Subject(s)
COVID-19 , Interferon-gamma , SARS-CoV-2 , Tumor Necrosis Factor-alpha , COVID-19/drug therapy , COVID-19/virology , Cytokines/immunology , Drug Synergism , Human Umbilical Vein Endothelial Cells/metabolism , Humans , Inflammation/drug therapy , Inflammation/virology , Interferon-gamma/pharmacology , Interleukin-6/metabolism , Receptors, Virus/metabolism , SARS-CoV-2/drug effects , SARS-CoV-2/metabolism , STAT1 Transcription Factor/biosynthesis , STAT1 Transcription Factor/immunology , Tumor Necrosis Factor-alpha/pharmacology
15.
Medicine (Baltimore) ; 101(21): e29405, 2022 May 27.
Article in English | MEDLINE | ID: covidwho-1874049

ABSTRACT

BACKGROUND: Corona virus disease 2019 (COVID-19) is caused by SARS-CoV-2, the pathogenic process of SARS-Cov-2 is related to the angiotensin-2 converting enzyme (ACE-2) on host cells. The genetic polymorphisms among different populations may influence the progression of COVID-19. However, the effects of IFNL4, ACE1, PKR, IFNG, and MBL2 in severe COVID-19 have not been systematically assessed. METHODS: We will include all relevant English and Chinese studies by searching the following electronic databases: PubMed, MEDLINE, Embase, Web of Science, Scopus, the Cochrane Library, and Google Scholar before March 31, 2022. Two researchers will independently screen and extract the literature. The methodological quality of the included studies will be evaluated by the Cochrane Handbook for Systematic Reviews of Interventions. RESULT: This systematic review and meta-analysis will summarize the association of IFNL4, ACE1, PKR, IFNG, MBL2 genetic polymorphisms, and severe COVID-19. The results will be submitted to a peer-reviewed journal once completed. CONCLUSION: The conclusion of our study will provide evidence for the early prevention of severe COVID-19. PROSPERO REGISTRATION NUMBER: CRD42022301735.


Subject(s)
COVID-19 , Mannose-Binding Lectin , COVID-19/genetics , Humans , Interferon-gamma , Interleukins , Mannose-Binding Lectin/genetics , Meta-Analysis as Topic , Polymorphism, Genetic , SARS-CoV-2 , Systematic Reviews as Topic
16.
JAMA Netw Open ; 5(5): e2213253, 2022 05 02.
Article in English | MEDLINE | ID: covidwho-1858507

ABSTRACT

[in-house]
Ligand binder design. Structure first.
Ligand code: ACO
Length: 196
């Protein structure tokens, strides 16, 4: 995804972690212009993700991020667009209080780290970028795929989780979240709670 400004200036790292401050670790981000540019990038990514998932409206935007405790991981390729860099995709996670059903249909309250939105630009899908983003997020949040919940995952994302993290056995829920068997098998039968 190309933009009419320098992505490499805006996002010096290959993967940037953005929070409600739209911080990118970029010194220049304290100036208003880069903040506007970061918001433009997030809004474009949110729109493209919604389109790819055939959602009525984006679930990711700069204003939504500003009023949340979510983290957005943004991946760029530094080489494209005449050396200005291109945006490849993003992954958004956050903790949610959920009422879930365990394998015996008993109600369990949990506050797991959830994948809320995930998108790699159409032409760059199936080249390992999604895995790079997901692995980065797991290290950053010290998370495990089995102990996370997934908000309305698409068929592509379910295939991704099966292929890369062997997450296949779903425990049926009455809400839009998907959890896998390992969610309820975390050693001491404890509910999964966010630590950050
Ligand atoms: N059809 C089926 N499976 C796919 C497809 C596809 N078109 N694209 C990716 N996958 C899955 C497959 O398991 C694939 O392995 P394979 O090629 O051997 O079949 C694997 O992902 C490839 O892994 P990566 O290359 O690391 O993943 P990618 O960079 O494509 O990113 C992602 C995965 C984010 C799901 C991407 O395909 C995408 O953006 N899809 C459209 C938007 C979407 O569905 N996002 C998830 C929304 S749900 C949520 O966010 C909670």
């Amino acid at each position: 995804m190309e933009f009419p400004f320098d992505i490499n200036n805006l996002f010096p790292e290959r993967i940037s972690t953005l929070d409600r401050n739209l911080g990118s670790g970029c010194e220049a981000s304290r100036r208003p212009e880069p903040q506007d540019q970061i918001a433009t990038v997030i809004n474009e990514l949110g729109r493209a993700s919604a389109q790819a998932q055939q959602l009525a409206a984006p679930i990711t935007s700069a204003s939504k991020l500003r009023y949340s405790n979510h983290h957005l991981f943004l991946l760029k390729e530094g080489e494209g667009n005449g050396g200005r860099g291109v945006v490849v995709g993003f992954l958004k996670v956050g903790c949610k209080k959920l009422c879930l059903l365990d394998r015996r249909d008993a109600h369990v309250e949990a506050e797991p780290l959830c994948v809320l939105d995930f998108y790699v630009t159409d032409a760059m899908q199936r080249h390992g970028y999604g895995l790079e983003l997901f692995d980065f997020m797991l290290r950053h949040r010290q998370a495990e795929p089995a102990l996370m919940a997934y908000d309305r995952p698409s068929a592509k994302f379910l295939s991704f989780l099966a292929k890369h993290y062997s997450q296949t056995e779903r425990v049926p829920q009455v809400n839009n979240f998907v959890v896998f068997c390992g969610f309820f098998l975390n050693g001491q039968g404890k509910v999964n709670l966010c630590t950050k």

Importance: Neurologic symptoms are common in COVID-19, but the central nervous system (CNS) pathogenesis is unclear, and viral RNA is rarely detected in cerebrospinal fluid (CSF). Objective: To measure viral antigen and inflammatory biomarkers in CSF in relation to neurologic symptoms and disease severity. Design, Setting, and Participants: This cross-sectional study was performed from March 1, 2020, to June 30, 2021, in patients 18 years or older who were admitted to Sahlgrenska University Hospital, Gothenburg, Sweden, with COVID-19. All patients had CSF samples taken because of neurologic symptoms or within a study protocol. Healthy volunteer and prepandemic control groups were included. Exposure: SARS-CoV-2 infection. Main Outcomes and Measures: Outcomes included CSF SARS-CoV-2 nucleocapsid antigen (N-Ag) using an ultrasensitive antigen capture immunoassay platform and CSF biomarkers of immune activation (neopterin, ß2-microglobulin, and cytokines) and neuronal injury (neurofilament light protein [NfL]). Results: Forty-four patients (median [IQR] age, 57 [48-69] years; 30 [68%] male; 26 with moderate COVID-19 and 18 with severe COVID-19 based on the World Health Organization Clinical Progression Scale), 10 healthy controls (median [IQR] age, 58 [54-60] years; 5 [50%] male), and 41 patient controls (COVID negative without evidence of CNS infection) (median [IQR] age, 59 [49-70] years; 19 [46%] male) were included in the study. Twenty-one patients were neuroasymptomatic and 23 were neurosymptomatic (21 with encephalopathy). In 31 of 35 patients for whom data were available (89%), CSF N-Ag was detected; viral RNA test results were negative in all. Nucleocapsid antigen was significantly correlated with CSF neopterin (r = 0.38; P = .03) and interferon γ (r = 0.42; P = .01). No differences in CSF N-Ag concentrations were found between patient groups. Patients had markedly increased CSF neopterin, ß2-microglobulin, interleukin (IL) 2, IL-6, IL-10, and tumor necrosis factor α compared with controls. Neurosymptomatic patients had significantly higher median (IQR) CSF interferon γ (86 [47-172] vs 21 [17-81] fg/mL; P = .03) and had a significantly higher inflammatory biomarker profile using principal component analysis compared with neuroasymptomatic patients (0.54; 95% CI, 0.03-1.05; P = .04). Age-adjusted median (IQR) CSF NfL concentrations were higher in patients compared with controls (960 [673-1307] vs 618 [489-786] ng/L; P = .002). No differences were seen in any CSF biomarkers in moderate compared with severe disease. Conclusions and Relevance: In this study of Swedish adults with COVID-19 infection and neurologic symptoms, compared with control participants, viral antigen was detectable in CSF and correlated with CNS immune activation. Patients with COVID-19 had signs of neuroaxonal injury, and neurosymptomatic patients had a more marked inflammatory profile that could not be attributed to differences in COVID-19 severity. These results highlight the clinical relevance of neurologic symptoms and suggest that viral components can contribute to CNS immune responses without direct viral invasion.